There are also potential long-term effects from cannabis consumption beginning at a young age, including “impaired brain development and poor mental health.”
Older adults, the other at-risk group outlined in the report, may experience increased cognitive impairment, risk of falls, heart arrhythmia, and various drug interactions.
According to Loh, these two groups are at higher risk because, “[They] have different metabolic rates and pharmacokinetics than other groups and hence respond differently… For seniors, many may have other conditions that might place them at risk of overconsumption and other indirectly related health issues.”
Rais Vohra, the Medical Director for California Poison Control System Fresno Madera District, told Healthline that his experience in dealing with emergencies associated with cannabis edibles are consistent with findings in the report.
He emphasized how important it is to keep these products out of the hands of children in order to avoid accidental exposure.
“What we really try to repeat over and over again is that kids and cannabis don’t mix. We really should be treating these edibles like we do alcoholic beverages and prescription medications and really trying to keep them out of the hands of toddlers and children who can accidentally ingest them,” he said.
And prevention is the best measure because when it comes to treating cannabis overconsumption, there are few options besides just riding it out.
What’s the best way to treat marijuana toxicity?
“There’s really no antidote to marijuana toxicity. So, whenever somebody is having these effects of marijuana intoxication you really have to just give them supportive care and let time do its thing,” said Vohra.
“As their body metabolizes the cannabis they will become normal again. It may take a day or two and in the meantime they may require intensive supportive care,” he added.
Vohra said that when it comes to marijuana overconsumption he commonly recommends “home observation,” meaning a trip to the ER probably isn’t necessary.
However, for some extreme cases — particularly in young children and infants — a visit to the hospital is a good idea.
Good regulation of cannabis edibles is the first step in making sure no one ever ends up in the ER because of them.
In Canada, these regulations demand that edibles are stored in plain, child-resistant packaging and require a standardized health warning sign on them.
“Common sense and best business practices dictate that in a legally regulated adult-use market, cannabis-infused edible products ought to be readily distinguishable from non-infused products by their packaging. Moreover, such products ought to be properly and accurately labeled for potency and cannabinoid content and served in childproof packaging,” said Paul Armentano, the Deputy Director of the National Organization for the Reform of Marijuana Laws (NORML).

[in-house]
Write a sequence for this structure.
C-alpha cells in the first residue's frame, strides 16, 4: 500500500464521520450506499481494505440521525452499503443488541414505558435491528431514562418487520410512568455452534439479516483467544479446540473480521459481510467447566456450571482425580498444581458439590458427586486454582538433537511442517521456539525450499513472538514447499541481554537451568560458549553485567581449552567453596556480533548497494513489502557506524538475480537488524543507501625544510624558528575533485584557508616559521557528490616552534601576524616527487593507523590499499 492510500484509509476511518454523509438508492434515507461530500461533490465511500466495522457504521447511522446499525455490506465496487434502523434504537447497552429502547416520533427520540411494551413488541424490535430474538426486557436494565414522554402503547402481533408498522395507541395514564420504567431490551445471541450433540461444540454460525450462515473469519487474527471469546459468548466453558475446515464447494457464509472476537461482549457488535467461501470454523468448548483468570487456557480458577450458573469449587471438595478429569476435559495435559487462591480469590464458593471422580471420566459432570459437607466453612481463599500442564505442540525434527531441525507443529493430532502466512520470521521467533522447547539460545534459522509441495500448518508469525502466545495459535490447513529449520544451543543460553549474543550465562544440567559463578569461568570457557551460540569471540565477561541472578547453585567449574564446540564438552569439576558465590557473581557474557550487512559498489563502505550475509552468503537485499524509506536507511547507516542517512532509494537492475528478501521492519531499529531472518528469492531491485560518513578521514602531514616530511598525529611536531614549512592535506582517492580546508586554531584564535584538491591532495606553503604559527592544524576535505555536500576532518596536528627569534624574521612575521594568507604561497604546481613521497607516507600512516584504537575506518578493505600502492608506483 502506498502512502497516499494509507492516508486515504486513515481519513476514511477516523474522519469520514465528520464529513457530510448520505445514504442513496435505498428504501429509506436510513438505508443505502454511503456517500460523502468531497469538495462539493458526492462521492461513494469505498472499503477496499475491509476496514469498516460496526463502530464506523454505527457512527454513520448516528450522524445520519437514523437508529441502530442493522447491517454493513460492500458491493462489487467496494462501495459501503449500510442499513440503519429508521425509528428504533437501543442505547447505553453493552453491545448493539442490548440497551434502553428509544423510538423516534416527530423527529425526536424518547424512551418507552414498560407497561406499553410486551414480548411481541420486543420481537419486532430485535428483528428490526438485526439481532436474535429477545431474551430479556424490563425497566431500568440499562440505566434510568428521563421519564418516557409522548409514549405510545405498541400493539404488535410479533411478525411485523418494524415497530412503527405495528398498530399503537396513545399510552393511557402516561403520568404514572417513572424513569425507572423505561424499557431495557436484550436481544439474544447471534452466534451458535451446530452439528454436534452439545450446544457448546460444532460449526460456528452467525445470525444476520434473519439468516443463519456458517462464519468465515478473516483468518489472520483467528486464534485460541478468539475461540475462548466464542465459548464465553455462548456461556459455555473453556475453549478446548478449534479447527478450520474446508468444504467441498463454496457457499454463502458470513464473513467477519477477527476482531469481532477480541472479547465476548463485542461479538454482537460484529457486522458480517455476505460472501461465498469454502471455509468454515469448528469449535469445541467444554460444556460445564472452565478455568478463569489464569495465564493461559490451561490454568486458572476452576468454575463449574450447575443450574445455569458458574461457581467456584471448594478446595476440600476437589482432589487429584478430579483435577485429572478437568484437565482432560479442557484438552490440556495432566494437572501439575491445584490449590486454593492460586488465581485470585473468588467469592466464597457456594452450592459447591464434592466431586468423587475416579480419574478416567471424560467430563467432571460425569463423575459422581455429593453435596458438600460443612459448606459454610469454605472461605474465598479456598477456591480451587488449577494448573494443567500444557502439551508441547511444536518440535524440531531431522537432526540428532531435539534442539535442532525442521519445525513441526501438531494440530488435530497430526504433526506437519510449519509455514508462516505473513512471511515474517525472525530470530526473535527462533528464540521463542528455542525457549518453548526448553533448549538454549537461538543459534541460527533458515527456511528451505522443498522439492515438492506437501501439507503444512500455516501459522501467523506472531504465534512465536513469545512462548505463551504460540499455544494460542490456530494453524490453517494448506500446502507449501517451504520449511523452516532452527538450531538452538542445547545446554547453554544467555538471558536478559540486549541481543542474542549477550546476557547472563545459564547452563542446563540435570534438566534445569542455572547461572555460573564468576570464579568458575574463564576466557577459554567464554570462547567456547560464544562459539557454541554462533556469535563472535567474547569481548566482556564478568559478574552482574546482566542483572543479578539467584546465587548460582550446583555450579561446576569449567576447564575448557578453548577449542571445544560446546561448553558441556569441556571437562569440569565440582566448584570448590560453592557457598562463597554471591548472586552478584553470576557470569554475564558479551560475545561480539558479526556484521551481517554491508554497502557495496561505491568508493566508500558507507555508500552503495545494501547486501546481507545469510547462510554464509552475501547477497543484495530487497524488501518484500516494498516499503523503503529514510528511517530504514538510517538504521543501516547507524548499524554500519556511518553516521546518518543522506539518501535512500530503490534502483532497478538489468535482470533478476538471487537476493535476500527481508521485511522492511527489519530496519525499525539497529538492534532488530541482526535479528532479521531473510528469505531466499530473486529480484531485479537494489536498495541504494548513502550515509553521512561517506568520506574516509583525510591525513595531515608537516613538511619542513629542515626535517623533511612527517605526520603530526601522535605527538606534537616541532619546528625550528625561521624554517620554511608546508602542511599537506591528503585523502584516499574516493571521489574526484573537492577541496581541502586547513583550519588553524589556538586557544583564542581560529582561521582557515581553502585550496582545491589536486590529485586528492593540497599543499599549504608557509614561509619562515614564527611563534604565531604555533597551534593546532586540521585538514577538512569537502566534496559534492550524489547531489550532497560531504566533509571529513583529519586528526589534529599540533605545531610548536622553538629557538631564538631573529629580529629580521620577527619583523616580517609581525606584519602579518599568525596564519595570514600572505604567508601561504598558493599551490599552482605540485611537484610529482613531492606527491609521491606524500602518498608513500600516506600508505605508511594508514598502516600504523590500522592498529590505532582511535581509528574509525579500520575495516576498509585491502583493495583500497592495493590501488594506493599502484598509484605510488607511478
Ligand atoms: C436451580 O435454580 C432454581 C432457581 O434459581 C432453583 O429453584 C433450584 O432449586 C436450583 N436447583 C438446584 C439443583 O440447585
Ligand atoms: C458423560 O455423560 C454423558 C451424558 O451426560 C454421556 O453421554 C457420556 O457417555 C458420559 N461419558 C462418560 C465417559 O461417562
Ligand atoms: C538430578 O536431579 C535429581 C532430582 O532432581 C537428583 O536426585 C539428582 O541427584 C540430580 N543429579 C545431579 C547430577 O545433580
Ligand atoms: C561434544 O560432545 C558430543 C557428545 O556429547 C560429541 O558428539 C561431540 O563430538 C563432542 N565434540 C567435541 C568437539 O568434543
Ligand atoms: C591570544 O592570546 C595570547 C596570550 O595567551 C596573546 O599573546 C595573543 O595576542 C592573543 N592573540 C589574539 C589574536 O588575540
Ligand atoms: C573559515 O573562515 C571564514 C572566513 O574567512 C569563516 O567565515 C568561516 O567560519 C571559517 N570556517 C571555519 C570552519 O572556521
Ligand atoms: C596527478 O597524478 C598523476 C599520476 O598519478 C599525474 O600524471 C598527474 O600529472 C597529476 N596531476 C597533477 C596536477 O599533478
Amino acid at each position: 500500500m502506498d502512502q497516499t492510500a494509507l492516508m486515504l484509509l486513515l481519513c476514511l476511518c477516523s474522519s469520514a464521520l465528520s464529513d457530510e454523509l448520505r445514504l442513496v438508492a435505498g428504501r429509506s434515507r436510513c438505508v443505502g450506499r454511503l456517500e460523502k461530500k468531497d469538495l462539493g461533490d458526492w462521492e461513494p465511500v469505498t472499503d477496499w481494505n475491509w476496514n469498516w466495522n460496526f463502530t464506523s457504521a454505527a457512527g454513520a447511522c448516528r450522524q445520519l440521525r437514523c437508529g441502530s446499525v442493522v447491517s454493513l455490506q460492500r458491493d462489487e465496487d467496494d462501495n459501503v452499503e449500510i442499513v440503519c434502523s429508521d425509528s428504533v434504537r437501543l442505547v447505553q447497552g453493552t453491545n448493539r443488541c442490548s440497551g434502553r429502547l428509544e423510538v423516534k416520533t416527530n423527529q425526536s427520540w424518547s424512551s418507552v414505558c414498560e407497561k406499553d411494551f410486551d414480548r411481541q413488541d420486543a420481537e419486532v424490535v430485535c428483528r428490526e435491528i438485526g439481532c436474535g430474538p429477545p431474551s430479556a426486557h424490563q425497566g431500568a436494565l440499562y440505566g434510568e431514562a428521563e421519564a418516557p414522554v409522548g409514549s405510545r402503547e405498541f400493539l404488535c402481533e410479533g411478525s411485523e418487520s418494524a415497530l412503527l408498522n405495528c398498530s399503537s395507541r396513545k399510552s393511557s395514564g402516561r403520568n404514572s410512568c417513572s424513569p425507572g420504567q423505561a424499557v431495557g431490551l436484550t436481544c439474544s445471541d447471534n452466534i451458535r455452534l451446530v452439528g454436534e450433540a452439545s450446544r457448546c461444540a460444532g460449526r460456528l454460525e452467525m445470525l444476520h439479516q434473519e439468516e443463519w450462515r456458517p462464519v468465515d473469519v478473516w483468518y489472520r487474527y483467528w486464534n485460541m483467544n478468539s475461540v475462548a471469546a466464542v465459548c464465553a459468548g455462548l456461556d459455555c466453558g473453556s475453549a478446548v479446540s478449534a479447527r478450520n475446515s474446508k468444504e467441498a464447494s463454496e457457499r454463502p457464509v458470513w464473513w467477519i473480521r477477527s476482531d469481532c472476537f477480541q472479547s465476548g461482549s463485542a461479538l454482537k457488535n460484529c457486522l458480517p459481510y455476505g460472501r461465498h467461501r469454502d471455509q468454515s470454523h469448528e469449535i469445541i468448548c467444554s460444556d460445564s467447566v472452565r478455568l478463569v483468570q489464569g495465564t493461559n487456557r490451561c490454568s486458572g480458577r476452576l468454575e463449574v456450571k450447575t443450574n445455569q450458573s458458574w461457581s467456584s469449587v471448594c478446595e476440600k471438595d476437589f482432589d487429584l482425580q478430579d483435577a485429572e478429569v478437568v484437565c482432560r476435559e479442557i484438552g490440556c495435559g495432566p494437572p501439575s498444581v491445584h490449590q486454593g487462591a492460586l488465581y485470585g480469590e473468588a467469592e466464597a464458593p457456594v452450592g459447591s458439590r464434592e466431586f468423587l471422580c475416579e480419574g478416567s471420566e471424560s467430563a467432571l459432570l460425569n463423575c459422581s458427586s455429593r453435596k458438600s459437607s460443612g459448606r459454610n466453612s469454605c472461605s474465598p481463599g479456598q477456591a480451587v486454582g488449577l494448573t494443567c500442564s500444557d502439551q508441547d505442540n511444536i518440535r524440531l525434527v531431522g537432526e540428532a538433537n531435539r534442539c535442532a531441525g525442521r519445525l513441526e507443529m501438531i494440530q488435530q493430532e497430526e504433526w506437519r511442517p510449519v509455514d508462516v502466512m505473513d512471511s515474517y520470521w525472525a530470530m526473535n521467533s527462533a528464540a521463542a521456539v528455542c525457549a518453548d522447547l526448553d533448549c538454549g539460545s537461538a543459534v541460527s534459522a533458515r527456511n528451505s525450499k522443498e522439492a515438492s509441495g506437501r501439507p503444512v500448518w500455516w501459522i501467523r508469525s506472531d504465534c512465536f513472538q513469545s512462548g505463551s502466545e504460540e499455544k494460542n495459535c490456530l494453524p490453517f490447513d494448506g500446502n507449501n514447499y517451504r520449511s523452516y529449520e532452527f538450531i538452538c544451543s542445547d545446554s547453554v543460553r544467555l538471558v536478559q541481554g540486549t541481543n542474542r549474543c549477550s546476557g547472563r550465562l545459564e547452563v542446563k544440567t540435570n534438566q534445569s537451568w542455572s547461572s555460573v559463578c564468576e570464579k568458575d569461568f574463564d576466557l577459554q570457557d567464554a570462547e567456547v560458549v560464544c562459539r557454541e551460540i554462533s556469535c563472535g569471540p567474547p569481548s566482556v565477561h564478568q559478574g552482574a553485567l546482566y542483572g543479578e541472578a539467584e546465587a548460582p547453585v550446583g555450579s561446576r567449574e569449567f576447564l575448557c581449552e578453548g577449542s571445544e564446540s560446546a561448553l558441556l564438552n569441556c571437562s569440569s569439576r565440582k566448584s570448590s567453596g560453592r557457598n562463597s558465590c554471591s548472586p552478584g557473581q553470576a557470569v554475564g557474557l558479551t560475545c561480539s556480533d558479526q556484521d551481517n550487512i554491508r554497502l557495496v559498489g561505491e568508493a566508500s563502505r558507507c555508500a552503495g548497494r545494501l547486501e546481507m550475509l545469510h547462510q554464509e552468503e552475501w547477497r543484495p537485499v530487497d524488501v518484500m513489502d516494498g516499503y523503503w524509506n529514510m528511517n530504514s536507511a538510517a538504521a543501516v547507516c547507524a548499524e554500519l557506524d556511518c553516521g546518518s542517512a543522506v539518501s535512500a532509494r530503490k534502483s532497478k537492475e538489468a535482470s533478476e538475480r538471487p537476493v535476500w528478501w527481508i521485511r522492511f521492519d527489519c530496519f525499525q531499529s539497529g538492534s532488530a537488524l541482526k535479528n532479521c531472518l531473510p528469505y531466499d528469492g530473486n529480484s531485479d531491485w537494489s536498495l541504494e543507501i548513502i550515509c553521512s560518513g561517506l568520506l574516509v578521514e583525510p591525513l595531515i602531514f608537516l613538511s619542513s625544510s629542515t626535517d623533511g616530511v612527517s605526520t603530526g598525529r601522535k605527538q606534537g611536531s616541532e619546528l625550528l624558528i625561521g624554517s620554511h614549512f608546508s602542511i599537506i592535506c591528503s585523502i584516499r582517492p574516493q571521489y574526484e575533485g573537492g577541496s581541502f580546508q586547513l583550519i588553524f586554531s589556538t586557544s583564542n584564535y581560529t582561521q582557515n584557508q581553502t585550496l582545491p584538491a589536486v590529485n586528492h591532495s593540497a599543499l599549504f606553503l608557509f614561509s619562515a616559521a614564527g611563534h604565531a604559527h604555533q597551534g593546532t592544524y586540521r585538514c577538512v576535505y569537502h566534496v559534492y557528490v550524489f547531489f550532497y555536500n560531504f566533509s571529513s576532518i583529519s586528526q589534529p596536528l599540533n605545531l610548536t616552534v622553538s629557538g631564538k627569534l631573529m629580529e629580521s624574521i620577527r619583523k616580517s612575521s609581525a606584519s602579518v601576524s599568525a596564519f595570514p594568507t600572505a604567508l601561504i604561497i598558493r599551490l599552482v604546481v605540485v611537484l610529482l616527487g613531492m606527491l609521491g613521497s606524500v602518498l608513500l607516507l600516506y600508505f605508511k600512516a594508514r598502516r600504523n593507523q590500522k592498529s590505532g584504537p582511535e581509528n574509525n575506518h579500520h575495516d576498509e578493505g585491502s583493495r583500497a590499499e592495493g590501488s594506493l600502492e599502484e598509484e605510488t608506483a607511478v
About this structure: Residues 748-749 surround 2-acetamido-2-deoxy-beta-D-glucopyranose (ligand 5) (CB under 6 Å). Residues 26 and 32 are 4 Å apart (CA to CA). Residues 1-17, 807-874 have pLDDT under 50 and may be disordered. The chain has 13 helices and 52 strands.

Armentano was not affiliated with the report.
The report also calls for more widespread community-based education around edible cannabis and encourages physicians to more openly discuss marijuana usage with their patients.
“I think that any step that we add to ensure safety, they all synergize. At the community level people just need education and reminders in many different forms that these products can be hazardous,” said Vohra.
FEEDBACK: Written by Gigen Mammoser on January 13, 2020 — Fact checked by Jennifer
Summary of a Few Key Findings from Throughout the Report
Section One: Potency and Price of Marijuana
Nationally, the average potency of tetrahydrocannabinol (THC), the primary psychoactive found in marijuana, has risen in marijuana concentrates from 13.23% in 1995 to 60.95% in 2018.
Nationally, the average potency of tetrahydrocannabinol (THC), the primary psychoactive found in marijuana, has risen in traditional marijuana from 3.96% in 1995 to 16.16% in 2018.
The price of a pound (lb.) of marijuana in California can vary from $100 to $2000 depending on THC potency level.
Section Two: Vaping
Nationally, lifetime (any) vaping use among middle and high school students has increased from 2017 to 2019: 8th grade increased from 1.6% to 3.9%, 10th grade increased from 4.3% to 12.6% and 12th grade increased from 5.0% to 14.0%.
Nationally in 2019, the daily use of nicotine vaping is higher than the daily use of smoking tobacco across all grade levels: 1.9% vs. 0.8% in 8th grade, 6.9% vs. 1.3% in 10th grade and 11.7% vs. 2.4% 12th grade.
Nationally, the 30-day prevalence of marijuana (non-vaping), vaping marijuana and cigarette use increased across 8th, 10th and 12th graders from 2017 to 2019, with the exception of cigarette use in 10th and 12th graders in 2019 which decreased from 5% to 3.4% and 9.7% to 5.7%.
From 2017 to 2018, national past month marijuana vaping use among college aged individuals more than doubled in those enrolled in college, while remaining relatively stable among those not in college.
Section Three: California Youth Marijuana Use Ages 12-17
California youth have consistently had a lower perception of risk of smoking marijuana once a month, compared to the national average (2010-2018).
California continues to have a higher rate of past month use of marijuana in individuals ages 12 and older (2011-2018).
Nationally in 2019, vaping (any substance) has surpassed alcohol and marijuana use for 8th and 10th graders.